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By: Ted http://www.historiann.com/2008/12/07/gender-youth-culpability-and-responsibility/comment-page-1/#comment-144468 Tue, 09 Dec 2008 15:15:44 +0000 http://www.historiann.com/?p=2247#comment-144468 “Thanks, Ted–or should I say, “thanks?”

Yeah, maybe “thanks” isn’t the right word. Perhaps something more like a Keanu Reeves’ “Whoa.”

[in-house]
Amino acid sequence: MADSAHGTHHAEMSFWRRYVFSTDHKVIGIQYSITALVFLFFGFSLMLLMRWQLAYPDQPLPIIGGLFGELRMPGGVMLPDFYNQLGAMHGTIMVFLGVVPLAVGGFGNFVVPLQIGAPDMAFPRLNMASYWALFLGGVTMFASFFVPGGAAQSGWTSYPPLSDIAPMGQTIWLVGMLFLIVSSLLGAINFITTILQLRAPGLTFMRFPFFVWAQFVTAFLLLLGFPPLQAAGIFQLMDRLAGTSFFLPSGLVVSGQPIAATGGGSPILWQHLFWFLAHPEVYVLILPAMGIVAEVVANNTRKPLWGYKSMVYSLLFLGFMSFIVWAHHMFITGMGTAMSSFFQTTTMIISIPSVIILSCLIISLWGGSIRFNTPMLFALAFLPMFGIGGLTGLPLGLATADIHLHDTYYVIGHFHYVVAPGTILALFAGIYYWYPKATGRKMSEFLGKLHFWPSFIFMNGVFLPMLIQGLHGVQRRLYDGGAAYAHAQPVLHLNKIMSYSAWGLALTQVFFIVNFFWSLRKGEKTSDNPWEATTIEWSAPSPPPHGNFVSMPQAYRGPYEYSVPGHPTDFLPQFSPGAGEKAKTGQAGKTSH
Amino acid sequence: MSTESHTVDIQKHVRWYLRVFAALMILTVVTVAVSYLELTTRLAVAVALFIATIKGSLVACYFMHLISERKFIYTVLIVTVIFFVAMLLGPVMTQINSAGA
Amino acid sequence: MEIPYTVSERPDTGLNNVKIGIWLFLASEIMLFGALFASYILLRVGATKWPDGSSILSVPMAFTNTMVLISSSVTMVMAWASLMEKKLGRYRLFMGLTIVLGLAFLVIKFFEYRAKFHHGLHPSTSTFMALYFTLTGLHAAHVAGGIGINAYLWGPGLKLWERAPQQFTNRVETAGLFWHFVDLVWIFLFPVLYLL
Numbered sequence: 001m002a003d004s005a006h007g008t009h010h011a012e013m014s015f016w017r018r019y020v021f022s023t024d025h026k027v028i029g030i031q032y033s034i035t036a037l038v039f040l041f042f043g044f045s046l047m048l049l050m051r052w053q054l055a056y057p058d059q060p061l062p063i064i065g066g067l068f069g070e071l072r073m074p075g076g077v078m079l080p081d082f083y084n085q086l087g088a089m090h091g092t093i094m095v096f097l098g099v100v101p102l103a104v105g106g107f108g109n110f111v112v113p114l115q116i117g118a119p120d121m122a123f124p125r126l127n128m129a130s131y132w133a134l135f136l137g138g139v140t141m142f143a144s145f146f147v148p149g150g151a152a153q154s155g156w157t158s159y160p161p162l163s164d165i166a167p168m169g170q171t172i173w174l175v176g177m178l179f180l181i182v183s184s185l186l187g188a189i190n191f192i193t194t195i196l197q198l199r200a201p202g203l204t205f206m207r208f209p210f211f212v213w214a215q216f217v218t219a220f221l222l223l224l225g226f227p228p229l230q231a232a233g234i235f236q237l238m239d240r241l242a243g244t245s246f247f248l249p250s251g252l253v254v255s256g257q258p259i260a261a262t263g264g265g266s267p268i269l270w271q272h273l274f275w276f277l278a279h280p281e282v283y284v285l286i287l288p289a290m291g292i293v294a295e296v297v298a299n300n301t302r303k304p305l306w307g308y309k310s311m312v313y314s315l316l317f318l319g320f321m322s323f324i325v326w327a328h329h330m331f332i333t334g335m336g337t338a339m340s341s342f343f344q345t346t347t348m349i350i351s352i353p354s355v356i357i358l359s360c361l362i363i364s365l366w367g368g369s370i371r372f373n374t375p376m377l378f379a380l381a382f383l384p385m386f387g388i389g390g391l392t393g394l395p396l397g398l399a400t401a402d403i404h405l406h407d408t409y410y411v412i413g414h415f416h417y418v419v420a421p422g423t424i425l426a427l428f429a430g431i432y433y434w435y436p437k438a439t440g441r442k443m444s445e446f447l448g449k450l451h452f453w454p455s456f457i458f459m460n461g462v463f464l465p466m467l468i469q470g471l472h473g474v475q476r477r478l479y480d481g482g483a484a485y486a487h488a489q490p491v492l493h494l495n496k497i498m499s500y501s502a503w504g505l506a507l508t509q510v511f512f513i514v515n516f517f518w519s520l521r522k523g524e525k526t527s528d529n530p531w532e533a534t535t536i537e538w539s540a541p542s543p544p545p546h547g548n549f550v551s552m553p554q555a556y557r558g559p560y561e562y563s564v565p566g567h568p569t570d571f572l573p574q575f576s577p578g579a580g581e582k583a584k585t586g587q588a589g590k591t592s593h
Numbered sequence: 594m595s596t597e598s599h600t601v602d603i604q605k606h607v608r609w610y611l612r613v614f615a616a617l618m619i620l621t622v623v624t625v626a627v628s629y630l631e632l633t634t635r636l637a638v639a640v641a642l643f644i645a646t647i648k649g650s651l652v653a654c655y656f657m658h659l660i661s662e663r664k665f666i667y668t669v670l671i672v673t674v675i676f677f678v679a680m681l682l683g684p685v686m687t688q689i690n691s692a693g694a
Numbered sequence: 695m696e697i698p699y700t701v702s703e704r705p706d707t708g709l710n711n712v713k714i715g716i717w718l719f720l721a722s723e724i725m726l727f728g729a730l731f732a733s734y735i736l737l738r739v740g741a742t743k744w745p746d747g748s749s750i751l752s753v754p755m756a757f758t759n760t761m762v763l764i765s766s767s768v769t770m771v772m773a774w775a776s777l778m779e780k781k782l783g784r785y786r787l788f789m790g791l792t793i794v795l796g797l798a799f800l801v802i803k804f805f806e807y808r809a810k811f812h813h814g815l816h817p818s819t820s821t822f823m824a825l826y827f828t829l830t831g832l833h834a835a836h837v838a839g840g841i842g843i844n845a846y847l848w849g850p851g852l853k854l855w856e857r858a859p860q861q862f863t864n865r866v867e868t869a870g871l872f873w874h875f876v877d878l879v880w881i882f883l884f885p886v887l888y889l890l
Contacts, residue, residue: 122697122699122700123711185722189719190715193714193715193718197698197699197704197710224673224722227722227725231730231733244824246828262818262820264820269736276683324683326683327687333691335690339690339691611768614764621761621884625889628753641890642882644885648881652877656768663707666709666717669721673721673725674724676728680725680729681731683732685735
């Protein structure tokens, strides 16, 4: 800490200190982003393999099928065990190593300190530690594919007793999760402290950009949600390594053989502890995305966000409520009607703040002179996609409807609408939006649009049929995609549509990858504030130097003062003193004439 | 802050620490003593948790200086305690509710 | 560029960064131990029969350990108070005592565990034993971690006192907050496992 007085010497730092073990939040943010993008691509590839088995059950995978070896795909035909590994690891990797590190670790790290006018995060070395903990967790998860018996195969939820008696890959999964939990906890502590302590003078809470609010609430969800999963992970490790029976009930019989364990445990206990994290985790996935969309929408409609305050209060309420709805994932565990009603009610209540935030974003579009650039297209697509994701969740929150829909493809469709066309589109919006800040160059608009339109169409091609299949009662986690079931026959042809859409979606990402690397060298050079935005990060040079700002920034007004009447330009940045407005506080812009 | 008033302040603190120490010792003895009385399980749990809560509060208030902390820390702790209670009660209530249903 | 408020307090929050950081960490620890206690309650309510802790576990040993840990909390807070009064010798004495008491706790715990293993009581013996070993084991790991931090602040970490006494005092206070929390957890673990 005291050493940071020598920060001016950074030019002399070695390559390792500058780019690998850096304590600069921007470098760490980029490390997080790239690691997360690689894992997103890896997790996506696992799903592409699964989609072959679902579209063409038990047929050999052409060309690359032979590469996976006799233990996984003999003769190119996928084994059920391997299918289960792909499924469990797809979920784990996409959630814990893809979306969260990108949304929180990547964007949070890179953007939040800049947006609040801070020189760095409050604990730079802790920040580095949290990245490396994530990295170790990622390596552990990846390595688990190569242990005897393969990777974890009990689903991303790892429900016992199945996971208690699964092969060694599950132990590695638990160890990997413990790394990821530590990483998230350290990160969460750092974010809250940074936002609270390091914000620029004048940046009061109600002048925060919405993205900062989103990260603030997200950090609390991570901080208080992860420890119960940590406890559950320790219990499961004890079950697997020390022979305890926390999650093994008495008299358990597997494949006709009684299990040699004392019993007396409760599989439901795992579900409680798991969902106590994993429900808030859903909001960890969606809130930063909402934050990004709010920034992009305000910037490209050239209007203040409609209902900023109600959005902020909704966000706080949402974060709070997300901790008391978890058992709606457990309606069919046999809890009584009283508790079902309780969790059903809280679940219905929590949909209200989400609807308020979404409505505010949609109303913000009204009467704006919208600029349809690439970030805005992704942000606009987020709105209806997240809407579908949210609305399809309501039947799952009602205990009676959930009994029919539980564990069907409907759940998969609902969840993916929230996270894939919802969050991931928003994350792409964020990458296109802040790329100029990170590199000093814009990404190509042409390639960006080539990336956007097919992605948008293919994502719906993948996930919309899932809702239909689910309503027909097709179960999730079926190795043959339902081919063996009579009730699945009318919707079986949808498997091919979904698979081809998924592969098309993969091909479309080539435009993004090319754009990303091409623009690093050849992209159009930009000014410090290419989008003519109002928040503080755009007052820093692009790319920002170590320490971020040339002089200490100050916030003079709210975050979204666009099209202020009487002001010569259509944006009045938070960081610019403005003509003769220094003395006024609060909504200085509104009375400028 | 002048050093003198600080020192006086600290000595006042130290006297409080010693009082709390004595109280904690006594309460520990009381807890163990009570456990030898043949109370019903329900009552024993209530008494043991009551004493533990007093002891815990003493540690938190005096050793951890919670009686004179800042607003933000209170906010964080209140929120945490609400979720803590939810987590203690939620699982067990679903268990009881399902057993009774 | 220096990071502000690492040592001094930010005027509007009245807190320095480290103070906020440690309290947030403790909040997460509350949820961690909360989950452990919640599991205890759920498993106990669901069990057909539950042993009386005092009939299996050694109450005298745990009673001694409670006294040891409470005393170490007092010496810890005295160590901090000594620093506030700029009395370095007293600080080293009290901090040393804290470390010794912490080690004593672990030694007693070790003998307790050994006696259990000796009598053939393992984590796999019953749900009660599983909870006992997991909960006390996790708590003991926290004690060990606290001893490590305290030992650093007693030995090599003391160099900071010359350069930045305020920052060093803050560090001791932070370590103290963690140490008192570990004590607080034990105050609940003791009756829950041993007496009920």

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By: The Epistle of Miranda the MBA, 1 Manhattanites, chapter I: Yea verily I say unto you, this sucks : Historiann : History and sexual politics, 1492 to the present http://www.historiann.com/2008/12/07/gender-youth-culpability-and-responsibility/comment-page-1/#comment-144427 Tue, 09 Dec 2008 13:43:46 +0000 http://www.historiann.com/?p=2247#comment-144427 [...] sign of entitled behavior, but I haven’t fully unpacked that yet.)  Ed. note:  I think commenter ej made this point on the previous post here–but there’s surely more to say on this [...]